Kuwait/Iraq border, March 20 (Reuters): A group of wealthy Kuwaitis celebrated what they hope will be Iraqi President Saddam Hussein’s downfall by partying through the night at a farm on the Iraqi border.
Over jam sandwiches and warm camel milk, they began a nightlong vigil from their luxury frontline lookout as the countdown to the USled invasion of Iraq ticked closer. “Saddam will crack under the pressure of the bombs,” said one of the guests.
Twelve years after Iraqi troops invaded this tiny Gulf state, Kuwaiti hopes are running high that Saddam will finally fall. _Most citizens of the tiny Gulf state are sitting out the war at their homes in Kuwait City, about 120 km south of the border. Some have left the country.A few hardier souls drove north through checkpoints for a surreal night out at the farm, located in a closed military zone.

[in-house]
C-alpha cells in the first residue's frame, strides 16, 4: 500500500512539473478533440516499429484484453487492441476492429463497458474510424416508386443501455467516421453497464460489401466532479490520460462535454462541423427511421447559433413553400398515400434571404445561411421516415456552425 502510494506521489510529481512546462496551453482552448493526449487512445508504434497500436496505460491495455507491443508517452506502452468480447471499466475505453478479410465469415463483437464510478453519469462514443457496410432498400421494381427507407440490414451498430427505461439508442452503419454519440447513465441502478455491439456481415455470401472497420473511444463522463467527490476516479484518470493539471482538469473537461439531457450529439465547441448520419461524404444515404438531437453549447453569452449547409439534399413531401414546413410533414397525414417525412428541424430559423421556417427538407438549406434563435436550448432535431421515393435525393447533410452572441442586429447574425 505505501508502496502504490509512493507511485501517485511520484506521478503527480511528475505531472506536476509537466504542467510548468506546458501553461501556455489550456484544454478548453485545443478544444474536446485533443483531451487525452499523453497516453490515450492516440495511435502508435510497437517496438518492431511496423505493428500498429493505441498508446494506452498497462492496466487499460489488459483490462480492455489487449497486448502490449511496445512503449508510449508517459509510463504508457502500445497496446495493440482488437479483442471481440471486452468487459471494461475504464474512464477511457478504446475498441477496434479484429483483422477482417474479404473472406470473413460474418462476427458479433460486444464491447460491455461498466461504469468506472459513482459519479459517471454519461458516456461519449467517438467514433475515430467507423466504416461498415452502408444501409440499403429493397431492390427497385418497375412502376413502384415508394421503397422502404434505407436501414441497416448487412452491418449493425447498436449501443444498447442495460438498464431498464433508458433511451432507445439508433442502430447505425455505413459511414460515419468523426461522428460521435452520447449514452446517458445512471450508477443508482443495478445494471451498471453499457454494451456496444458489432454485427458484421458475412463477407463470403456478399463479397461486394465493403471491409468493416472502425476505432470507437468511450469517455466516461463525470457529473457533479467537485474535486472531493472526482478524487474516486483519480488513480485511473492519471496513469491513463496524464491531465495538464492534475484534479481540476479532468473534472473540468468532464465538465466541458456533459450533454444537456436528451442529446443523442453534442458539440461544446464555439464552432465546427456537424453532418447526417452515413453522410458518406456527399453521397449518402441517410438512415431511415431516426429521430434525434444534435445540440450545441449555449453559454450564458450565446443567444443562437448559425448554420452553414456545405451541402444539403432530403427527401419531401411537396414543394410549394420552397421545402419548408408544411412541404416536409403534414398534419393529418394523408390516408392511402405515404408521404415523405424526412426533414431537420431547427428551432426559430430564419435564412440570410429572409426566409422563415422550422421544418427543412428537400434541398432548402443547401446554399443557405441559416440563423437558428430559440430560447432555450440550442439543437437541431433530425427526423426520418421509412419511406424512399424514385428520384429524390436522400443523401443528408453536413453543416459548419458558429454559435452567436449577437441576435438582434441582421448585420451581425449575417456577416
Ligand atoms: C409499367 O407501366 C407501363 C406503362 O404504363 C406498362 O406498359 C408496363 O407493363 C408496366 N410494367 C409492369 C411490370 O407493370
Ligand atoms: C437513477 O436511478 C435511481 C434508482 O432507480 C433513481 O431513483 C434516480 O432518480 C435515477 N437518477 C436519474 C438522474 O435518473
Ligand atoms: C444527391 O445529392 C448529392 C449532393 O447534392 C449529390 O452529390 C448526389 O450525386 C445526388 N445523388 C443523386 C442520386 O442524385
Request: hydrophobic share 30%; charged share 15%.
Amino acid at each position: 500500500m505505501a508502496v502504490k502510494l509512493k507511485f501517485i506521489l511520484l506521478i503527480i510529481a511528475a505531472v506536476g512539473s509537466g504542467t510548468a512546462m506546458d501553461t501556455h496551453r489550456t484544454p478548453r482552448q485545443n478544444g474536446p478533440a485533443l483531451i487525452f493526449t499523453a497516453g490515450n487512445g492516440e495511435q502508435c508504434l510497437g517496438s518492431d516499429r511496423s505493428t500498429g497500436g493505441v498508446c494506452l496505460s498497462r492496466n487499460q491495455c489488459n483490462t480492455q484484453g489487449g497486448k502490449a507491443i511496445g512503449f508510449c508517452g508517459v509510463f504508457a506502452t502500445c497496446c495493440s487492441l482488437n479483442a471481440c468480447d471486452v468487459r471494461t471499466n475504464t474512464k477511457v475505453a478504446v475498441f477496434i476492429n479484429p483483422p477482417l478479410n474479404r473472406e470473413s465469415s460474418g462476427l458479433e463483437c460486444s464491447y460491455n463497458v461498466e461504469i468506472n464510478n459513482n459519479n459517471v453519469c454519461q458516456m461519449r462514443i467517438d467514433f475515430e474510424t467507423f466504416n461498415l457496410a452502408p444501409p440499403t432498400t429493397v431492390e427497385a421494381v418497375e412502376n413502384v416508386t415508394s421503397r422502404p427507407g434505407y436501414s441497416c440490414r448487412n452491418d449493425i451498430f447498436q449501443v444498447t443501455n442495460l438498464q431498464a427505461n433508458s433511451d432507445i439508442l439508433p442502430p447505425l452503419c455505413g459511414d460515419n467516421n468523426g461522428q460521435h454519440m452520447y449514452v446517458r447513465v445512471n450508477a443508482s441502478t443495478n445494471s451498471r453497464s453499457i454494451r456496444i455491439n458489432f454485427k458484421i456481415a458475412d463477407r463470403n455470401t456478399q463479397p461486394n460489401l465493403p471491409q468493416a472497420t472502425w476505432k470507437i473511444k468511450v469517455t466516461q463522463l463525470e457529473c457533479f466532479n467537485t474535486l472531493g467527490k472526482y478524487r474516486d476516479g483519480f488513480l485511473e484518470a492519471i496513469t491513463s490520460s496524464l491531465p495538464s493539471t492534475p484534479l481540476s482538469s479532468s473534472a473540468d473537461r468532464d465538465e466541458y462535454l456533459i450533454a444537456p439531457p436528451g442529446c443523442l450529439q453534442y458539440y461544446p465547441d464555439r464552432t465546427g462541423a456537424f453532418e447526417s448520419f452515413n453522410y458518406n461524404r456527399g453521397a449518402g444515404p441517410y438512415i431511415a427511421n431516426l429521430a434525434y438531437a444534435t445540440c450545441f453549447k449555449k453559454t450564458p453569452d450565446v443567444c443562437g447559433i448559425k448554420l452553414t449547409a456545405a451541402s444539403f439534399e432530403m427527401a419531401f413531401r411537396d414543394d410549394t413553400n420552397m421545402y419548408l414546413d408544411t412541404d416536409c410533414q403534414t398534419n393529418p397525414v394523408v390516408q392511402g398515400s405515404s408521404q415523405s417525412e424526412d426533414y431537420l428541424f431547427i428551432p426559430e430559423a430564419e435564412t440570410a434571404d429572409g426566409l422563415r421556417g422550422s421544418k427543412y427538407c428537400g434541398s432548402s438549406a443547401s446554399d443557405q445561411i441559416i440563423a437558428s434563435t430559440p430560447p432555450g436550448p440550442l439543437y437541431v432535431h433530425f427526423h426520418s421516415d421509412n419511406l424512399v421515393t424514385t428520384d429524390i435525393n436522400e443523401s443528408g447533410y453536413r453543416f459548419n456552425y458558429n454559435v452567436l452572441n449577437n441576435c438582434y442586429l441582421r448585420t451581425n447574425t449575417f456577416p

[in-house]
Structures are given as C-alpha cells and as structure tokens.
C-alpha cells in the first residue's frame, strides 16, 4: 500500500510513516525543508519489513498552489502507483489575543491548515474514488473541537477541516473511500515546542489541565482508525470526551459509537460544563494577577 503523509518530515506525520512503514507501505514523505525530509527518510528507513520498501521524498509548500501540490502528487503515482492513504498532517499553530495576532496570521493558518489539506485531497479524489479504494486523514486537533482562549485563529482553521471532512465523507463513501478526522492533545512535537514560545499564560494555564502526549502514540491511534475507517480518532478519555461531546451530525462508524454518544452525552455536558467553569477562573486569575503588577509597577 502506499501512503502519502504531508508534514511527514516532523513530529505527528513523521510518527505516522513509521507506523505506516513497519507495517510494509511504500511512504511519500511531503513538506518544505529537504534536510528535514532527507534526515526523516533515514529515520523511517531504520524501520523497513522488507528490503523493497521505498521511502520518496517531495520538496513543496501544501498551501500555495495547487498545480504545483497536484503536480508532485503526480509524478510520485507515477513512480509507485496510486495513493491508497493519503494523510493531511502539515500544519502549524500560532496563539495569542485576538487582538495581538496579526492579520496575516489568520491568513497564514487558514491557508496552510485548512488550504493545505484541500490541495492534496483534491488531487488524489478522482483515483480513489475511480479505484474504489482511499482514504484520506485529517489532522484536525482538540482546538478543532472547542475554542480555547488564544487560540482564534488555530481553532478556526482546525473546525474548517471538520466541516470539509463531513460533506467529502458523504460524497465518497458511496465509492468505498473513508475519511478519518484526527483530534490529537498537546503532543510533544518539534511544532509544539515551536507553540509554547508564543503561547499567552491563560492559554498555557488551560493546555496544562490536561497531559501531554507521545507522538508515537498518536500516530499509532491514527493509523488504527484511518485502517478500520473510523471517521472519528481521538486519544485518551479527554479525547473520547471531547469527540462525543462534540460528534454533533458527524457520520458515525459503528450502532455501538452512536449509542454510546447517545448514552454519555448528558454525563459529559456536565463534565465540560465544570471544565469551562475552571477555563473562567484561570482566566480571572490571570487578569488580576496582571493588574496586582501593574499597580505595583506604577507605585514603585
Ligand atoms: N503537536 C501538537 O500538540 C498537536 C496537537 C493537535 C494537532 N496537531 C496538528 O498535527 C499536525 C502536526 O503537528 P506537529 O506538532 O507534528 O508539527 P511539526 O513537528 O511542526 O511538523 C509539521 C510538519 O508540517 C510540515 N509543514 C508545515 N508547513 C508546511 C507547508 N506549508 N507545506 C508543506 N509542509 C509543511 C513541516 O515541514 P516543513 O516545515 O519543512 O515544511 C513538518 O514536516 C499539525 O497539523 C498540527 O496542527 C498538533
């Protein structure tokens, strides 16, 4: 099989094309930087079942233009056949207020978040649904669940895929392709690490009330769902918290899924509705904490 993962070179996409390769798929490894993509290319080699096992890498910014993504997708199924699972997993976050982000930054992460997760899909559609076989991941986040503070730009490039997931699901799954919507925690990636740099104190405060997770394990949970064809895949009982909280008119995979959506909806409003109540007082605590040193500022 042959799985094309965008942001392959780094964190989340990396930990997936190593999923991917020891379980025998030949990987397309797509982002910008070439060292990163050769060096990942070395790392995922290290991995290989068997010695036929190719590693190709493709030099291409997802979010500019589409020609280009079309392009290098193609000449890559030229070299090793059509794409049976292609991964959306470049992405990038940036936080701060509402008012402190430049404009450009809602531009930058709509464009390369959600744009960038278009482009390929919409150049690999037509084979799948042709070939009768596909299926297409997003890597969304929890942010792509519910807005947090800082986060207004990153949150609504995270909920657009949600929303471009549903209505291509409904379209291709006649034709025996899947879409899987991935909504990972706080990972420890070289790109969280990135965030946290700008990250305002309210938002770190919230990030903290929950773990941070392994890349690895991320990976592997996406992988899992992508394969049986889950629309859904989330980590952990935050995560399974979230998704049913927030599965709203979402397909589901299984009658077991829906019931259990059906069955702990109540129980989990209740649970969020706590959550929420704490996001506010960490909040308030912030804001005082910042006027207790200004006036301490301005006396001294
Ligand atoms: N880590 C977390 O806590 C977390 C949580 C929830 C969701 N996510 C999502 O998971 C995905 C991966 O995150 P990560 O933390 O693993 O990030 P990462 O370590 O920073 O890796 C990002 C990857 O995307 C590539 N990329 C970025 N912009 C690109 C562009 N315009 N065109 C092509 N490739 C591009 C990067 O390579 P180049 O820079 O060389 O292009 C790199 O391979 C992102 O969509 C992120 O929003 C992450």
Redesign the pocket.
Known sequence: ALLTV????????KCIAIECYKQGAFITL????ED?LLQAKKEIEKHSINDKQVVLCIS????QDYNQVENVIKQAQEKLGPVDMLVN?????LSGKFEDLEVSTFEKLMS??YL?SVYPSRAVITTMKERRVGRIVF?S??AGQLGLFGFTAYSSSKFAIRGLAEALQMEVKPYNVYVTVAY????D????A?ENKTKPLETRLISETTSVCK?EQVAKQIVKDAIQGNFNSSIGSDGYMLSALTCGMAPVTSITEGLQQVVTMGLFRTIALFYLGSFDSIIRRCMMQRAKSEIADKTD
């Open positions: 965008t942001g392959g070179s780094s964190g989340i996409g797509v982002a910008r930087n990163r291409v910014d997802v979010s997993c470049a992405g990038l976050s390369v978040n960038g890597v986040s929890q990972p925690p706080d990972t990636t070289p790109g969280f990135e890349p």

Dressed in flowing white robes and chequered headdresses, friends gathered for a “diwaniya”, a centuriesold traditional informal gathering.
Sipping syrupy tea under a full moon obscured by a gritty sandstorm, they listened for the sound of action while munching snacks.
For most of the night, the groaning of the farm’s camels was the loudest sound that could be heard.
“They are going to blast Saddam,” said Mutlaaq alMutairi, who entertained the gathering with bawdy impersonations of the Iraqi leader rallying his troops.